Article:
Getting Your Car Ready For Emergencies
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Getting Your Car Ready For Emergencies

After I started traveling a lot for work, I realized that I needed to be ready for anything life threw at me. I didn't want to get stranded on the road without any supplies to my name. I started collecting little things that might help during an emergency, and it was amazing to see how much of a difference it made. When I was stranded a few months later, I was prepared while I waited for the tow truck. This blog is all about preparing for towing services and getting your car ready for emergencies. After all, you never know when you will be faced with trouble.


Getting Your Car Ready For Emergencies

Four Common – But Avoidable – Reasons People Find Themselves In Need Of Emergency Vehicle Services

Eetu Ketola

There is little you can do to avoid the occasional flat tire or unexpected mechanical problem with your car, but many people engage in risky behaviors that drastically increase their odds of needing emergency towing services (such as is offered by By avoiding these and other risky behaviors, you can often keep your car motoring down the road and avoid the need for emergency towing or vehicular services.   

Driving on the Shoulder

Many people use the shoulder of the road to get around someone turning left or as a place to park their car. But because the road's shoulder is often riddled with nails, screws and other sharp items that can lead to a flat tire, you should refrain from doing so.

Additionally, as the shoulder can be composed of soft mud or dirt, vehicles often become stuck when they stray from the paved portion of the road. Just wait the extra 30 seconds for the car ahead of you to turn, and keep all four of your vehicle's wheels on the pavement.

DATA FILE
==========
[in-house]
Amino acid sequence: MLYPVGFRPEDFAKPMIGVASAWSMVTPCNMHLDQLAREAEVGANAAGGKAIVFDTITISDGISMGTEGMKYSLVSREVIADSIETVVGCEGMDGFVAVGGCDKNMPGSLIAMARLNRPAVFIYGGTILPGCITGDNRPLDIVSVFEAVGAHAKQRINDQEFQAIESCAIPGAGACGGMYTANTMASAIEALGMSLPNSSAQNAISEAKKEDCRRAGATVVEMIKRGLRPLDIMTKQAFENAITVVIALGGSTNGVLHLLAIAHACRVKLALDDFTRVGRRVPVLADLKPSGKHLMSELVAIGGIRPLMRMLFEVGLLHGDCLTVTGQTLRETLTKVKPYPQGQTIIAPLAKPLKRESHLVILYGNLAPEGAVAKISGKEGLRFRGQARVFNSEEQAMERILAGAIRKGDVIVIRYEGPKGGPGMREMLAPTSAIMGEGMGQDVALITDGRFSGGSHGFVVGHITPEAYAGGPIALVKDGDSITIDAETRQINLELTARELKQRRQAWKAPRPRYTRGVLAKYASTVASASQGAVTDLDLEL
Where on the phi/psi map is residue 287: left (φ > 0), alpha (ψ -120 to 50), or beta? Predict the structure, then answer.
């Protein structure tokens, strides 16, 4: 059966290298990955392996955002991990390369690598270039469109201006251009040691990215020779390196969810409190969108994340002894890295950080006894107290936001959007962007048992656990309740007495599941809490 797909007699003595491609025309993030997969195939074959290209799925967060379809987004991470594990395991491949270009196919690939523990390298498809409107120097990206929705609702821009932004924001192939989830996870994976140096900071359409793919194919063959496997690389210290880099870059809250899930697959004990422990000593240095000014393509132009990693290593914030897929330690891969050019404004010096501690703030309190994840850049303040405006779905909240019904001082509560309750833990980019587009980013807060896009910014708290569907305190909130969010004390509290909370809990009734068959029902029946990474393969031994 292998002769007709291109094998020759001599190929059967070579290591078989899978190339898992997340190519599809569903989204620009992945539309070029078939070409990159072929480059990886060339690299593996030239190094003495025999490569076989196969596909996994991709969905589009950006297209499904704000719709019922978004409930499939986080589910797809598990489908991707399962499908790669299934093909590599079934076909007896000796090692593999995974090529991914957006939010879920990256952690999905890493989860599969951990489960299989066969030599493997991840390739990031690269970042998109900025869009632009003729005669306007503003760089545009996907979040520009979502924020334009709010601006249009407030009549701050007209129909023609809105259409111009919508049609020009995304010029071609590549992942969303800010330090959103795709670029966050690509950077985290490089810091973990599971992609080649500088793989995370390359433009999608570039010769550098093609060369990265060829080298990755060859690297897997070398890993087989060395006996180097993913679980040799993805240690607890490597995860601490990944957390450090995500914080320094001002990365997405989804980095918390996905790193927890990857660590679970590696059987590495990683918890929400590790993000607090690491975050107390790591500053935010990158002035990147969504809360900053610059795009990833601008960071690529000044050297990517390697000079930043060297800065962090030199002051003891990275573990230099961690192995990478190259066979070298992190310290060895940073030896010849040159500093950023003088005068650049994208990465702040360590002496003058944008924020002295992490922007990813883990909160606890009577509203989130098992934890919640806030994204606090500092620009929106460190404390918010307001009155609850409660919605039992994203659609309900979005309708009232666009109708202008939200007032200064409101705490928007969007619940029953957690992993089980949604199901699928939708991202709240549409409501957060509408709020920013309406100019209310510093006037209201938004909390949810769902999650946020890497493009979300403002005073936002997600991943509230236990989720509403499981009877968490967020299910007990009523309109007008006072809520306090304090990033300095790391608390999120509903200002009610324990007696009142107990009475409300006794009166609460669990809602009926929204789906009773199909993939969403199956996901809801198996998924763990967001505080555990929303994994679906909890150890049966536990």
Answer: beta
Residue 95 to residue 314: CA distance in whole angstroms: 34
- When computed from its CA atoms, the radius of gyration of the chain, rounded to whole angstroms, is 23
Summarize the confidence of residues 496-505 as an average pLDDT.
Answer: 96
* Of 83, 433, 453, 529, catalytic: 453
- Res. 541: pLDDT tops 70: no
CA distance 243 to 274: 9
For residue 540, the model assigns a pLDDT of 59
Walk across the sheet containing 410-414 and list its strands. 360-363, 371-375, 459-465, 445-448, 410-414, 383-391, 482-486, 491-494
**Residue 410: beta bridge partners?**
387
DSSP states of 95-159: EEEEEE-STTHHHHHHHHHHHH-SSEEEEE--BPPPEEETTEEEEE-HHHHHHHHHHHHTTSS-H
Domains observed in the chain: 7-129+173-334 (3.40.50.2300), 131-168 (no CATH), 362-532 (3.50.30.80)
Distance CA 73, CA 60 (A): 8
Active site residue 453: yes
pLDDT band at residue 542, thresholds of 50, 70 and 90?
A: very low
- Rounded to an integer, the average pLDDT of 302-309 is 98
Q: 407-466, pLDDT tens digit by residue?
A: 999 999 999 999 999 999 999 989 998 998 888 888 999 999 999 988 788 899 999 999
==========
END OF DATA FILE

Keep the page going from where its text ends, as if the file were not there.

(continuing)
Driving through Standing Water

Driving through deep water can cause your engine to stall, leaving you stranded until help arrives. In some cases, this can represent a serious safety concern, as the water may cause your car to drift into deeper water or slam into another car or a tree.

Standing water may also obscure dangerous items on the road, such as construction debris, glass bottles or sharp tools, which may lead to even further damage to your car. Make it a practice to avoid driving into standing water that is more than an inch or two deep. 

Driving on the Beach

Despite what you see in the movies, most cars and trucks should not be driven on the beach. In addition to the problems the sand may cause your engine and the drivetrain, cars often sink into beach sand, leaving them hopelessly stranded until help arrives.

Driving along the water-beach boundary is even more foolish, as it only takes one unusually strong wave to pull you and your car into the water.  

Driving in Icy Conditions

Ice- and snow-covered roads lead to innumerable accidents, and even the most minor of these frequently result in one or more cars being inextricably stuck in deep snow. Getting your car stuck in this manner can be particularly difficult to remedy, because your spinning tires will heat up the snow, causing it to melt. This melted water can then re-freeze when you stop to check your progress, making your traction problems even worse.

Ice presents an entirely different type of problem for cars, as most tires struggle to grip the ice well enough to propel the car in a controllable manner. Rear-wheel-drive pickup trucks are especially problematic in such circumstances, as the bulk of the vehicle's weight is located over the front wheels.